Podcast Episode 33

AI in MedTech: Pioneering Innovation and Business Growth

Get valuable insights into the transformative potential of AI in MedTech with Head of AI and Technical Product Management at APRO Software, Kanstantsin Vaitsakhouski, in this episode of the Tech Business Roundtable podcast hosted by Ryan Davies. They discuss the current landscape of AI applications in healthcare, its impact on medical tests, clinical trials, and mental health solutions, data integration and collaboration with the scientific community, and the importance of a science-driven and data-driven approach. Tune in to stay ahead of the curve and unlock the limitless possibilities at the intersection of AI and MedTech.

Kanstantsin Vaitsakhouski Founder at Adventum.ai

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Ryan Davies: Welcome everyone to the Tech Business Roundtable podcast show. This is a podcast show dedicated to shining a spotlight on tech innovators, entrepreneurs, founders, and the compelling narratives behind the movements they’ve established. I’m your host, Ryan Davies, and I’m hosting today’s discussion on AI in MedTech, pioneering innovation, and business growth with Kanstantsin Vaitsakhouski. Kanstantsin, how are you doing today?

Kanstantsin:  I’m doing well. Thank you. How are you?

Discussion on AI in MedTech

Ryan Davies:  I am good. I am good for whatever this airs. This is Monday, early morning for me. So this is the start of the new week, and the energy is high for me. And we’ve got a really great topic here, Kanstantsin, you know, an expert in this area. And there is so much, I mean, in our pre-talk before we started recording here, there is so much we can talk about with AI and MedTech, and all of the areas it touches, all the barriers, the challenges, the opportunities. But right now, the best is for you to kick us off with a little bit of, you know, a current overview of the landscape of AI and MedTech and how it’s changing the healthcare industry.

Kanstantsin:  Yeah, thank you. So, the current landscape of AI in healthcare and websites is something great, and it’s a really big thing. The good point is that this is only the beginning of AI applications in this domain. So, for example, this year, Google launched a really advanced state-of-the-art enlarged language model for healthcare, which is called Med Palm Two. So the second, the first one, was also launched by Google. But anyway, it’s a real beginning so that it can operate with answers with medical information as a great good student from the USA and all from India. So, it was hardly tested on the examination questions from these countries. But at the same time, it’s not as good as experts. And at the same time, there are a lot of questions behind it. This is only a question-and-answering system that also has a huge demand for different image processing. AI is for the MedTech for MRIs for histologic hexology for x-rays. There’s another story that this domain is also really huge and really interesting. This direction is much, much better developed than large models, and the first algorithms that were applied for the X-ray analysis could do this even several decades ago. Also, we have a huge set of different intelligent algorithms that are responsible for finding drugs, the necessary proteins, and the correct molecules. That’s another direction. So it’s really a huge un-boundary domain.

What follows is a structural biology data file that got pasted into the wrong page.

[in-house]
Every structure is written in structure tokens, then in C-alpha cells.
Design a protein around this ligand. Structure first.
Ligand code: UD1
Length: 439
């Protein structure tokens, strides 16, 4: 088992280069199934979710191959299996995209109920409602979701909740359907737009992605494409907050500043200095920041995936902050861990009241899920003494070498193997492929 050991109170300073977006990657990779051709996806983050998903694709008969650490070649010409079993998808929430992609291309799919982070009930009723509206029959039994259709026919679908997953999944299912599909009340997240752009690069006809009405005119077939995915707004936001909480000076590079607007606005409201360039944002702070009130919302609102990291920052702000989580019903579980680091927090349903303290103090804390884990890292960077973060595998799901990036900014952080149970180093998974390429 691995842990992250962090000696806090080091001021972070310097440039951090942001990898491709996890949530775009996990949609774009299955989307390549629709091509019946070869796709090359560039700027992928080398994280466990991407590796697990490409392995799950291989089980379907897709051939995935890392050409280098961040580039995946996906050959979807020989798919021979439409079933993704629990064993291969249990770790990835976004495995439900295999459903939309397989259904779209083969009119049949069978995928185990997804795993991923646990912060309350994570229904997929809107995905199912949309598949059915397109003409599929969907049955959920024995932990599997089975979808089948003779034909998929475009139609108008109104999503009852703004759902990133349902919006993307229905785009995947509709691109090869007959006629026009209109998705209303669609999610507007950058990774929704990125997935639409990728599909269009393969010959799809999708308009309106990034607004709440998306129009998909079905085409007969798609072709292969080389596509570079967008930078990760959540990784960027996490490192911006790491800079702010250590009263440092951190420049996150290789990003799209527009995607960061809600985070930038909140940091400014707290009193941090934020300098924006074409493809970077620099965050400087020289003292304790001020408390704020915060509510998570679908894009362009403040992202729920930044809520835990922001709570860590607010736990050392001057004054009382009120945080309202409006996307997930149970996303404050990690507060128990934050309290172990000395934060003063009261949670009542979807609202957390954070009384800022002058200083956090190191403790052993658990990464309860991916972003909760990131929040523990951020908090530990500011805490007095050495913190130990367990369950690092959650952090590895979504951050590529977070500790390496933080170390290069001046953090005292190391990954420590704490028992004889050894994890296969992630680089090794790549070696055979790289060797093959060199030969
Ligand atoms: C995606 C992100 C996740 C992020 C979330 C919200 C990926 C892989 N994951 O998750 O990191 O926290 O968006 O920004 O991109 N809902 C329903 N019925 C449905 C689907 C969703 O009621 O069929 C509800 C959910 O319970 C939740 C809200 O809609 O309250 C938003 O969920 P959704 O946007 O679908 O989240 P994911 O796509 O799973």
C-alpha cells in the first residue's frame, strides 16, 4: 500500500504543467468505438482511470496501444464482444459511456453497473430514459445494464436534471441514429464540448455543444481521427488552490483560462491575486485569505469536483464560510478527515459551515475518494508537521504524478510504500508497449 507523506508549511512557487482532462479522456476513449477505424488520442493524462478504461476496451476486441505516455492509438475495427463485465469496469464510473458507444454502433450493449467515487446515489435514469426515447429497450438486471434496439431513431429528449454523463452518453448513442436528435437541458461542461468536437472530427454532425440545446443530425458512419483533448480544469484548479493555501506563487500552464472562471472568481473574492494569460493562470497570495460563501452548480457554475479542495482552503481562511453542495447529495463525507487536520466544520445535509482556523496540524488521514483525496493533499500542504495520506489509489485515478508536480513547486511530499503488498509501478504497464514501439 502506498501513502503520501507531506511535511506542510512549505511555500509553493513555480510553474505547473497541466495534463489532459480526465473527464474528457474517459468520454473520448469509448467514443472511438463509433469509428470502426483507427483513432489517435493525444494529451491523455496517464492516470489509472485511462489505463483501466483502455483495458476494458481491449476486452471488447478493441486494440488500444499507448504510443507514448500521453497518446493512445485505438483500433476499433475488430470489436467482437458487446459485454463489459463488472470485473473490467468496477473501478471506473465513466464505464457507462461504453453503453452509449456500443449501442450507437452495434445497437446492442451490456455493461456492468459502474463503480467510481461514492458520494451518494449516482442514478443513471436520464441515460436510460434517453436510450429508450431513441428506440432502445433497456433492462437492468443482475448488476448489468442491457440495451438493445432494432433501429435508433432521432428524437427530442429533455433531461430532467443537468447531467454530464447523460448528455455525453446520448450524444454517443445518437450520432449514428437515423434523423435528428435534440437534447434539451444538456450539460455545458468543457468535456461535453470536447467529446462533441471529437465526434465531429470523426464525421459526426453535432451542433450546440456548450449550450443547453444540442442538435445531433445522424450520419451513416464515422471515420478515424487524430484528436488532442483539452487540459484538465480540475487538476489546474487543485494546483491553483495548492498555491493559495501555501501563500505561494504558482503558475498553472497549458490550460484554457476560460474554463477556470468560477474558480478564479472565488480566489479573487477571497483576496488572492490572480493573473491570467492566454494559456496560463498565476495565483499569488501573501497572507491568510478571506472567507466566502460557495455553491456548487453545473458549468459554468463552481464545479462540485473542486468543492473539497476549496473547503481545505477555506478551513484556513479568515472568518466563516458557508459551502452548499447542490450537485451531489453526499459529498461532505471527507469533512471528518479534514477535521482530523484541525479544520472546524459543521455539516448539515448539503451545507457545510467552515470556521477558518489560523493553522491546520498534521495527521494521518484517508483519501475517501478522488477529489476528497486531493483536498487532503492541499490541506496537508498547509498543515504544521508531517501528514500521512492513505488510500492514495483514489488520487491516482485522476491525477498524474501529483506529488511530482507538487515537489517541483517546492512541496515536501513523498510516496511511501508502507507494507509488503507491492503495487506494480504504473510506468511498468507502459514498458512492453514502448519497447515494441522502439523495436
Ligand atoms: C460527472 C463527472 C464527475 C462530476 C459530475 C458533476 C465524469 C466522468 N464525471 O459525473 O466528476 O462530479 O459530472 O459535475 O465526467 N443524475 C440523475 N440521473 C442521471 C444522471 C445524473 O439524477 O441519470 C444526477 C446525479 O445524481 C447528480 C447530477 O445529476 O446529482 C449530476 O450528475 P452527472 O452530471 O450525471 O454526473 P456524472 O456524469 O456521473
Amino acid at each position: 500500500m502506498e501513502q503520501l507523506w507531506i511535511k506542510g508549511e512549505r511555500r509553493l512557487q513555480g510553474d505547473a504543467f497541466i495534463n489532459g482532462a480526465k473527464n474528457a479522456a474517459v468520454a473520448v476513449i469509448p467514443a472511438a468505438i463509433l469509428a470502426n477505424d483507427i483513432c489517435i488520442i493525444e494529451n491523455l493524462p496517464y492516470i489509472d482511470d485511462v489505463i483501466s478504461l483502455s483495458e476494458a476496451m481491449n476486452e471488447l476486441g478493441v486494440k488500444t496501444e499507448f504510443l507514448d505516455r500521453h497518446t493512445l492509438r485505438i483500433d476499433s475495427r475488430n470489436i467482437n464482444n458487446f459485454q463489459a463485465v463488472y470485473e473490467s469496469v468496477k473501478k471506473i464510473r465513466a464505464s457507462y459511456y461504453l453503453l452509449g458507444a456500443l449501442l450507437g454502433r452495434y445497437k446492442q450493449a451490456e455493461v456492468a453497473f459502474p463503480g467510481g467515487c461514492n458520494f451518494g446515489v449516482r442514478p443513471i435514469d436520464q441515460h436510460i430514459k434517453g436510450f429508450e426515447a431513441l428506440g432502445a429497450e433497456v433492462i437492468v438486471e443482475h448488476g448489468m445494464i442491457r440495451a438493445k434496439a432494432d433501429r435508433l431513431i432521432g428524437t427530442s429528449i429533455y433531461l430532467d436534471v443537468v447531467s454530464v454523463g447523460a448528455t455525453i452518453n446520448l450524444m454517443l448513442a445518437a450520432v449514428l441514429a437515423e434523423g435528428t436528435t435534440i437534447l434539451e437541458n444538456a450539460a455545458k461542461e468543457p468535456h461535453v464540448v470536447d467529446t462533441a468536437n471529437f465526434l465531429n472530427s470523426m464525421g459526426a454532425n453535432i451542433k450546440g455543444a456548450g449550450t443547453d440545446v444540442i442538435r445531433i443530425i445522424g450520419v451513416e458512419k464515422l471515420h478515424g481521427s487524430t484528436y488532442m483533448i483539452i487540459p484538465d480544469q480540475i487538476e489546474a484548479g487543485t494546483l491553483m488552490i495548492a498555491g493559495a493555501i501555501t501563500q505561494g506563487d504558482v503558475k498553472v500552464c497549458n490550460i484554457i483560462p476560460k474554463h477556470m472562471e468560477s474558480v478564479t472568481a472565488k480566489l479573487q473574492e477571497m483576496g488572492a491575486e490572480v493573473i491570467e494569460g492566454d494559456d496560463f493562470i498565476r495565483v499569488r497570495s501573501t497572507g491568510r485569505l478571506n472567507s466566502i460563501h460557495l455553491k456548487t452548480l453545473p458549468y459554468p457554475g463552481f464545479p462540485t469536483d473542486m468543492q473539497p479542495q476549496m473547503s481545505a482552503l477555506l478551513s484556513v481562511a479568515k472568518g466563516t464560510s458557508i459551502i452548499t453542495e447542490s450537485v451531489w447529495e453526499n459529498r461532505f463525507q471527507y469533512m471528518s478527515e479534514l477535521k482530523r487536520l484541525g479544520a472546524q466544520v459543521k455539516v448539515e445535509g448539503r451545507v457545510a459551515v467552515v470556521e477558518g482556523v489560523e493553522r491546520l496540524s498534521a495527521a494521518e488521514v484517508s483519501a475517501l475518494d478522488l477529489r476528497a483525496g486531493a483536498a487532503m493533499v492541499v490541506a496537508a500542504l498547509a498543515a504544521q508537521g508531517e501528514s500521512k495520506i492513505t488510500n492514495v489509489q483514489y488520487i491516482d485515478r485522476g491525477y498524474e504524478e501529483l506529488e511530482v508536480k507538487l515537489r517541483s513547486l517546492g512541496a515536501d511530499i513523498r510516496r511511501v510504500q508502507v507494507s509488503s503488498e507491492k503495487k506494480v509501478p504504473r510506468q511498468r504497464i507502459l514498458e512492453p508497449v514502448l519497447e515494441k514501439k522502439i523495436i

Importance of AI Applications in Healthcare

Ryan Davies:  I mean, This conversation. We could have five sub-podcasts in each of those areas. Because AI took each one very differently, right? You’re the head of AI and technical product management APRO software, right? So, you’re the leading figure in the world of AI innovation and entrepreneurship. You’ve been doing this for 12 years. What motivated you to focus on AI applications in healthcare? Is it just that there’s so much growth and opportunity here? Is it a lagging industry from that standpoint? Was it for you that kind of drove you to this space?

Kanstantsin:  You’re right, that’s the point, but that’s the main point only from business prospects because, in health care, that’s really a direction. That’s really a nice domain when small start-up companies can compete with such huge corporations like Google, Microsoft, and Meta. So, at the same time, this direction, this domain, is so responsible and is so important for everybody’s life and my life as well. So, these technologies will change healthcare, which shows the future to be something much better than we have now.

Challenges and Opportunities in Integrating AI into Healthcare Solutions